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Refinancing - Test New Waters

Unless you have an aversion to the daily news (and we can’t blame you if you do), you’ve no doubt heard Economists, Market Analysts, and certainly Mortgage Brokers shouting to the rooftops about what a great time it is to refinance your home. And they’re not wrong - today’s historically low rates, coupled with additional scrutiny towards mortgage regulation, give you all sorts of reasons to tap in to the equity in your property.

But people are naturally adverse to change. A refinance of your loan means a new look into your financial history. There may be closing costs involved. And worst of all? PAPERWORK. Who wants to put themselves through that? You need a compelling reason to make the call to your mortgage professional.

Luckily, said reasons are aplenty. Experts will always lead with the big two - lower your rate, decrease your term. They are the no-brainers, and most likely will result in the biggest financial benefit for you. But we’re here to educate; what are some of the lesser known reasons why a homeowner should refinance?

We’re glad you asked…

Because You Ain’t Going Anywhere

When you first moved into your new house, what was your expectation? You may have thought you were buying a starter home, which likely led your loan officer to suggest an adjustable rate mortgage. But opinions change over time, and now you may love your little neck of the woods. Refinancing into a fixed rate mortgage can protect you from rising interest rates in coming years, and can be easier to plan for and budget.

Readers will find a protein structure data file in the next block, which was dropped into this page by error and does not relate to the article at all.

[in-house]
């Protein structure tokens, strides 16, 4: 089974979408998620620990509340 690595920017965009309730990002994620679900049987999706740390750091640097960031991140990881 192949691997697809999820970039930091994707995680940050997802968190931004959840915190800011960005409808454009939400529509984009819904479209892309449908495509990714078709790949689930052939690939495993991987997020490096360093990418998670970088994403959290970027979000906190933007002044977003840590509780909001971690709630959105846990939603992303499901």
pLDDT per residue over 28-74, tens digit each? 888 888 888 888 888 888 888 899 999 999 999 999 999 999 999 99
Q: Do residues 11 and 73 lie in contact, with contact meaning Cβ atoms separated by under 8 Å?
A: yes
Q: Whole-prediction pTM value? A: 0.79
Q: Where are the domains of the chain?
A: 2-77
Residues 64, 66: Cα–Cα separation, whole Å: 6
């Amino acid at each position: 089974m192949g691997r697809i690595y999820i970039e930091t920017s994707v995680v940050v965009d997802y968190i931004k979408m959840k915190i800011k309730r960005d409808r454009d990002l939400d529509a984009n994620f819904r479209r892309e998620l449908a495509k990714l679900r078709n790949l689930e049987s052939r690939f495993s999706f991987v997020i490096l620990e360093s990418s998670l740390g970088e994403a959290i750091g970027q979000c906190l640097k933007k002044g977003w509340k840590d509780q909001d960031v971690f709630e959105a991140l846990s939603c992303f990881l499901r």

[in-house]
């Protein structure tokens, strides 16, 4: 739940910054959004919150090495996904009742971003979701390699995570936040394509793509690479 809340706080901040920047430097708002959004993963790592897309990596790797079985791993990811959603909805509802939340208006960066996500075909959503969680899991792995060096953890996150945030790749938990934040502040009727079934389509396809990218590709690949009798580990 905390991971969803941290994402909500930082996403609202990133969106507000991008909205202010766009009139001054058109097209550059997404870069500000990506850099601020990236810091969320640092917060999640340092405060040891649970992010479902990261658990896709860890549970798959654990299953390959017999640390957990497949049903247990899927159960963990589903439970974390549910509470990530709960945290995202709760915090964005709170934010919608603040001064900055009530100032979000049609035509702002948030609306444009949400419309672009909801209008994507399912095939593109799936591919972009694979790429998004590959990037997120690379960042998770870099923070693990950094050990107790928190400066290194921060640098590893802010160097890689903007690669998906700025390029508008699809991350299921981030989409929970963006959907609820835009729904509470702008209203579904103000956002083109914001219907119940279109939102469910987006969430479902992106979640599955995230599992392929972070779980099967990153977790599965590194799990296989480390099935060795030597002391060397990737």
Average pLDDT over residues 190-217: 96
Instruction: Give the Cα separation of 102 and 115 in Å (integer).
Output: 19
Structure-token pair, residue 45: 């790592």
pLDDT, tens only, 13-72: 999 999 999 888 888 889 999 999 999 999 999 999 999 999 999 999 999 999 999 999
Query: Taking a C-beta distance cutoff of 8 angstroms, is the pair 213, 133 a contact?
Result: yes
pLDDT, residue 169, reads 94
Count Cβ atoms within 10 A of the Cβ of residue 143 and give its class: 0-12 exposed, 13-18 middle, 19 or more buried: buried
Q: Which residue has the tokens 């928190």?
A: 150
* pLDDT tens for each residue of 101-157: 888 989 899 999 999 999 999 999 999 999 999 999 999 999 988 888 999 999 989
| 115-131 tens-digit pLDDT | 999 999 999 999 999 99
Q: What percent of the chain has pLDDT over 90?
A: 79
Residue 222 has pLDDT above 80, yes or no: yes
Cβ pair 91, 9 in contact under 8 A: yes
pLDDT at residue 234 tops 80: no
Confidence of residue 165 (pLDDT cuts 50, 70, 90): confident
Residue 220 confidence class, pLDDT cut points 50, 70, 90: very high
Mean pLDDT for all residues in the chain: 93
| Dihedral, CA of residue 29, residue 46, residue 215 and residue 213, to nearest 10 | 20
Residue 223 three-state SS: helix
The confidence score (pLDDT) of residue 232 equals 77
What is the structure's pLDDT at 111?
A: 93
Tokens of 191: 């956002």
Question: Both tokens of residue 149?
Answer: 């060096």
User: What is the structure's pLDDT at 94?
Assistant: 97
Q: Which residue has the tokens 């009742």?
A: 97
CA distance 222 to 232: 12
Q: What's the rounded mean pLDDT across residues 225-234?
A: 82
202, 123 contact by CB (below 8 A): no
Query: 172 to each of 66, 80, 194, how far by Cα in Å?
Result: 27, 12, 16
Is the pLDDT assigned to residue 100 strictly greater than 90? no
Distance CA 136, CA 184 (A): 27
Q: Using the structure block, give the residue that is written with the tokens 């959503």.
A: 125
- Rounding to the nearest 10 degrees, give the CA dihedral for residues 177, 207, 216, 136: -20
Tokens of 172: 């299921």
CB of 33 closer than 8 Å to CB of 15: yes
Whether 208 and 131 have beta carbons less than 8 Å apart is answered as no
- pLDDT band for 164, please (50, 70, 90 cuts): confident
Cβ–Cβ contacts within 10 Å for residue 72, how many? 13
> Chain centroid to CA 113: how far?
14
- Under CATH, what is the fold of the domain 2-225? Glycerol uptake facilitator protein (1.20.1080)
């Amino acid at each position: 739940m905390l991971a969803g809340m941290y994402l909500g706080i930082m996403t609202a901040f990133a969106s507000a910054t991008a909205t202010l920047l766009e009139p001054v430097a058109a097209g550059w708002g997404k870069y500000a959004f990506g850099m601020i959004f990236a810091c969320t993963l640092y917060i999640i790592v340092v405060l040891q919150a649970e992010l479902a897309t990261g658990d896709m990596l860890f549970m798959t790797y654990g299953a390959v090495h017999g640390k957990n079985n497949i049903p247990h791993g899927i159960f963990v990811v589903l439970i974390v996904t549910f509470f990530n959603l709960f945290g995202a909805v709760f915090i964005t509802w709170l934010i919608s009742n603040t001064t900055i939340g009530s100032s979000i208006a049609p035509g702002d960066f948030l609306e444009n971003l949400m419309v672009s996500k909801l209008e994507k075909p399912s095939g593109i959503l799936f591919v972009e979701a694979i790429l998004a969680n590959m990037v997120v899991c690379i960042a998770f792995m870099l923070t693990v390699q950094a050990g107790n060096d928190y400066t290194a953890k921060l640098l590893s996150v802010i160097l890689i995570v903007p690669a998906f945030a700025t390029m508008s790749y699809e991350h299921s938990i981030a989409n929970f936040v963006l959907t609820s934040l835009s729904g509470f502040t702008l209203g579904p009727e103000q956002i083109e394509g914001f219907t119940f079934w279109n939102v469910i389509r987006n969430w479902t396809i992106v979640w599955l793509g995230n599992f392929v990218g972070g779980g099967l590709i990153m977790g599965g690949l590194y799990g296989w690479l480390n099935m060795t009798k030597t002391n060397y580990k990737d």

Because Mortgage Insurance Stinks

Unless you put 20% or more as downpayment when you took out your loan, you’re likely making a monthly private mortgage insurance (PMI) payment. An chances are we’re not talking pennies - depending on where you live and how much you borrowed, this could mean hundreds of dollars down the drain every time the calendar page flips. But in today’s market, home values are rising steadily, which means you’re equity is likely increasing in turn.

What does that mean? Consider this: if you took out a loan of $200K for a house worth $240K, you only put down 17%, and you were required to pay PMI. But what if your home’s worth now stands at $250K? Guess what? You now have 20% equity, and can refinance out of that pesky PMI payment.

Because You Need a Little Scratch

We've talked about building equity in your home over time. But if you are happy with your current rate and term, what else can you do with that money you’ve invested? The answer is whatever you want. It may make sense to cash out some of your equity and make an addition to your home. You could round out your portfolio and buy an investment property. Or maybe your little one turned out to be a genius, and now you need cash to pay that Ivy League tuition.

Just keep in mind: refinancing doesn’t increase your own personal financial responsibility. While refinancing gives you available credit you didn’t have before, only you can put it to good use. Have a long conversation with your mortgage pro before making any rash decisions.